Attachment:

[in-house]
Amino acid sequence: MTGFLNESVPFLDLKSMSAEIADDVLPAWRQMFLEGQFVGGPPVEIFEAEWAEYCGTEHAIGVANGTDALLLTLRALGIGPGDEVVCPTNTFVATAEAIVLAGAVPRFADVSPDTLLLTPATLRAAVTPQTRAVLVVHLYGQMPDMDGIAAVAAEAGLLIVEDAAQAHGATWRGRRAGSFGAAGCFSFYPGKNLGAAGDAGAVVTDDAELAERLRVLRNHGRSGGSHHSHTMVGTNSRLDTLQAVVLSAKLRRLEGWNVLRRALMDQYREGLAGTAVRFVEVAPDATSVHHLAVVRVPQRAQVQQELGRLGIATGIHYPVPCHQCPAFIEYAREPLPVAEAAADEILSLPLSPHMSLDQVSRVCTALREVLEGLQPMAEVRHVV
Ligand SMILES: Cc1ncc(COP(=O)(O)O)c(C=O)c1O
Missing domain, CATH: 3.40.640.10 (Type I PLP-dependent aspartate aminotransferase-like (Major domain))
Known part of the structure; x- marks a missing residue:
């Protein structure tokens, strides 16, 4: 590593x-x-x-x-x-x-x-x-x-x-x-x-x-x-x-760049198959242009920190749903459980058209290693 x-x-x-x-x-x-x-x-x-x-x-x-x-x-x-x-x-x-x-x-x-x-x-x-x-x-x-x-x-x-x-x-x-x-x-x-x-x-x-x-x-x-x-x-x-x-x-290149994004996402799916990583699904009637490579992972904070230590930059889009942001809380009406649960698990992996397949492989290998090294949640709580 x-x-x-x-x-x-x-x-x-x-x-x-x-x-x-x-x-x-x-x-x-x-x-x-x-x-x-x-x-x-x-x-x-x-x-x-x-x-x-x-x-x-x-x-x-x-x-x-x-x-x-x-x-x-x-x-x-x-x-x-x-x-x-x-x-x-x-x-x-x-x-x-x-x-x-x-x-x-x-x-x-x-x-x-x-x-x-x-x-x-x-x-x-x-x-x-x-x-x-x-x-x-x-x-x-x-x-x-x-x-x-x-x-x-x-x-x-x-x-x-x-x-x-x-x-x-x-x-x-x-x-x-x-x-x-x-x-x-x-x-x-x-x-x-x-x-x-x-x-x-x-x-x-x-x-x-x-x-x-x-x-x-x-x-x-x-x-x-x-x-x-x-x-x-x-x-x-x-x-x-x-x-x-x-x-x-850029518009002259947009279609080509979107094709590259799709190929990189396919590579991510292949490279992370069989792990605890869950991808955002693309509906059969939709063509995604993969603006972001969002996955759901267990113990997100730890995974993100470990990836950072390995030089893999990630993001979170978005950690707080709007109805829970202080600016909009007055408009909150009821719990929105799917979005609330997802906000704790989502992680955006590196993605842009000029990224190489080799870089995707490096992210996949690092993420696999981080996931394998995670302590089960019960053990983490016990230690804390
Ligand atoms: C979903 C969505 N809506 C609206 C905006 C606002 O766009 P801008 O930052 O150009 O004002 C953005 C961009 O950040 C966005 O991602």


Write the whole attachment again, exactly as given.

[in-house]
Amino acid sequence: MTGFLNESVPFLDLKSMSAEIADDVLPAWRQMFLEGQFVGGPPVEIFEAEWAEYCGTEHAIGVANGTDALLLTLRALGIGPGDEVVCPTNTFVATAEAIVLAGAVPRFADVSPDTLLLTPATLRAAVTPQTRAVLVVHLYGQMPDMDGIAAVAAEAGLLIVEDAAQAHGATWRGRRAGSFGAAGCFSFYPGKNLGAAGDAGAVVTDDAELAERLRVLRNHGRSGGSHHSHTMVGTNSRLDTLQAVVLSAKLRRLEGWNVLRRALMDQYREGLAGTAVRFVEVAPDATSVHHLAVVRVPQRAQVQQELGRLGIATGIHYPVPCHQCPAFIEYAREPLPVAEAAADEILSLPLSPHMSLDQVSRVCTALREVLEGLQPMAEVRHVV
Ligand SMILES: Cc1ncc(COP(=O)(O)O)c(C=O)c1O
Missing domain, CATH: 3.40.640.10 (Type I PLP-dependent aspartate aminotransferase-like (Major domain))
Known part of the structure; x- marks a missing residue:
């Protein structure tokens, strides 16, 4: 590593x-x-x-x-x-x-x-x-x-x-x-x-x-x-x-760049198959242009920190749903459980058209290693 x-x-x-x-x-x-x-x-x-x-x-x-x-x-x-x-x-x-x-x-x-x-x-x-x-x-x-x-x-x-x-x-x-x-x-x-x-x-x-x-x-x-x-x-x-x-x-290149994004996402799916990583699904009637490579992972904070230590930059889009942001809380009406649960698990992996397949492989290998090294949640709580 x-x-x-x-x-x-x-x-x-x-x-x-x-x-x-x-x-x-x-x-x-x-x-x-x-x-x-x-x-x-x-x-x-x-x-x-x-x-x-x-x-x-x-x-x-x-x-x-x-x-x-x-x-x-x-x-x-x-x-x-x-x-x-x-x-x-x-x-x-x-x-x-x-x-x-x-x-x-x-x-x-x-x-x-x-x-x-x-x-x-x-x-x-x-x-x-x-x-x-x-x-x-x-x-x-x-x-x-x-x-x-x-x-x-x-x-x-x-x-x-x-x-x-x-x-x-x-x-x-x-x-x-x-x-x-x-x-x-x-x-x-x-x-x-x-x-x-x-x-x-x-x-x-x-x-x-x-x-x-x-x-x-x-x-x-x-x-x-x-x-x-x-x-x-x-x-x-x-x-x-x-x-x-x-x-x-850029518009002259947009279609080509979107094709590259799709190929990189396919590579991510292949490279992370069989792990605890869950991808955002693309509906059969939709063509995604993969603006972001969002996955759901267990113990997100730890995974993100470990990836950072390995030089893999990630993001979170978005950690707080709007109805829970202080600016909009007055408009909150009821719990929105799917979005609330997802906000704790989502992680955006590196993605842009000029990224190489080799870089995707490096992210996949690092993420696999981080996931394998995670302590089960019960053990983490016990230690804390
Ligand atoms: C979903 C969505 N809506 C609206 C905006 C606002 O766009 P801008 O930052 O150009 O004002 C953005 C961009 O950040 C966005 O991602």